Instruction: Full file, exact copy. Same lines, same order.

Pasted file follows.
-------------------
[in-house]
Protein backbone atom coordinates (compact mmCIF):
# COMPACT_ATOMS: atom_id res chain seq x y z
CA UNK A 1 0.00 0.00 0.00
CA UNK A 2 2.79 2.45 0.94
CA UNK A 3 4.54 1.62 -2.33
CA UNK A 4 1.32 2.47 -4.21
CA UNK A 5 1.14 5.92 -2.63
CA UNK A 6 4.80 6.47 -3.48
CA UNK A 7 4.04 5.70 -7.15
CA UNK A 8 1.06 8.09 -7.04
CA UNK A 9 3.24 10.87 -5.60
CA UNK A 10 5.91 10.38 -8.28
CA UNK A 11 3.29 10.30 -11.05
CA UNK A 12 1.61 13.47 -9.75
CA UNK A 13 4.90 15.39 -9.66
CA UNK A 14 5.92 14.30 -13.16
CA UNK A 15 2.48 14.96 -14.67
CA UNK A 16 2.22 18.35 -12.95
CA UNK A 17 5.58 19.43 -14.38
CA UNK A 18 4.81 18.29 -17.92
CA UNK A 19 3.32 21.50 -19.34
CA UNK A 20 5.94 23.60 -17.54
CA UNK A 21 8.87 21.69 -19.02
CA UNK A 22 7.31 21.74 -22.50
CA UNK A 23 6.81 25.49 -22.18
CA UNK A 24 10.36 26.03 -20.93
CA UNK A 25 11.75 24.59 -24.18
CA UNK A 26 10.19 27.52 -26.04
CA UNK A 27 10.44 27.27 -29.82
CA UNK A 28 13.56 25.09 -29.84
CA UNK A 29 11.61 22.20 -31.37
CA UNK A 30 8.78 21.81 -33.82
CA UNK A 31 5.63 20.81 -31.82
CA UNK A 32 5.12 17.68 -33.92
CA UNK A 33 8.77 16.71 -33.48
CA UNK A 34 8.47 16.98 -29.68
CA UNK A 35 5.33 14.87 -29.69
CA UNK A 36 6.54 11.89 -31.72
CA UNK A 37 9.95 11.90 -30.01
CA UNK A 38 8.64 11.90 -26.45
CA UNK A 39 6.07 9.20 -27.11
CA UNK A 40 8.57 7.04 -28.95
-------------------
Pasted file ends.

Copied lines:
[in-house]
Protein backbone atom coordinates (compact mmCIF):
# COMPACT_ATOMS: atom_id res chain seq x y z
CA UNK A 1 0.00 0.00 0.00
CA UNK A 2 2.79 2.45 0.94
CA UNK A 3 4.54 1.62 -2.33
CA UNK A 4 1.32 2.47 -4.21
CA UNK A 5 1.14 5.92 -2.63
CA UNK A 6 4.80 6.47 -3.48
CA UNK A 7 4.04 5.70 -7.15
CA UNK A 8 1.06 8.09 -7.04
CA UNK A 9 3.24 10.87 -5.60
CA UNK A 10 5.91 10.38 -8.28
CA UNK A 11 3.29 10.30 -11.05
CA UNK A 12 1.61 13.47 -9.75
CA UNK A 13 4.90 15.39 -9.66
CA UNK A 14 5.92 14.30 -13.16
CA UNK A 15 2.48 14.96 -14.67
CA UNK A 16 2.22 18.35 -12.95
CA UNK A 17 5.58 19.43 -14.38
CA UNK A 18 4.81 18.29 -17.92
CA UNK A 19 3.32 21.50 -19.34
CA UNK A 20 5.94 23.60 -17.54
CA UNK A 21 8.87 21.69 -19.02
CA UNK A 22 7.31 21.74 -22.50
CA UNK A 23 6.81 25.49 -22.18
CA UNK A 24 10.36 26.03 -20.93
CA UNK A 25 11.75 24.59 -24.18
CA UNK A 26 10.19 27.52 -26.04
CA UNK A 27 10.44 27.27 -29.82
CA UNK A 28 13.56 25.09 -29.84
CA UNK A 29 11.61 22.20 -31.37
CA UNK A 30 8.78 21.81 -33.82
CA UNK A 31 5.63 20.81 -31.82
CA UNK A 32 5.12 17.68 -33.92
CA UNK A 33 8.77 16.71 -33.48
CA UNK A 34 8.47 16.98 -29.68
CA UNK A 35 5.33 14.87 -29.69
CA UNK A 36 6.54 11.89 -31.72
CA UNK A 37 9.95 11.90 -30.01
CA UNK A 38 8.64 11.90 -26.45
CA UNK A 39 6.07 9.20 -27.11
CA UNK A 40 8.57 7.04 -28.95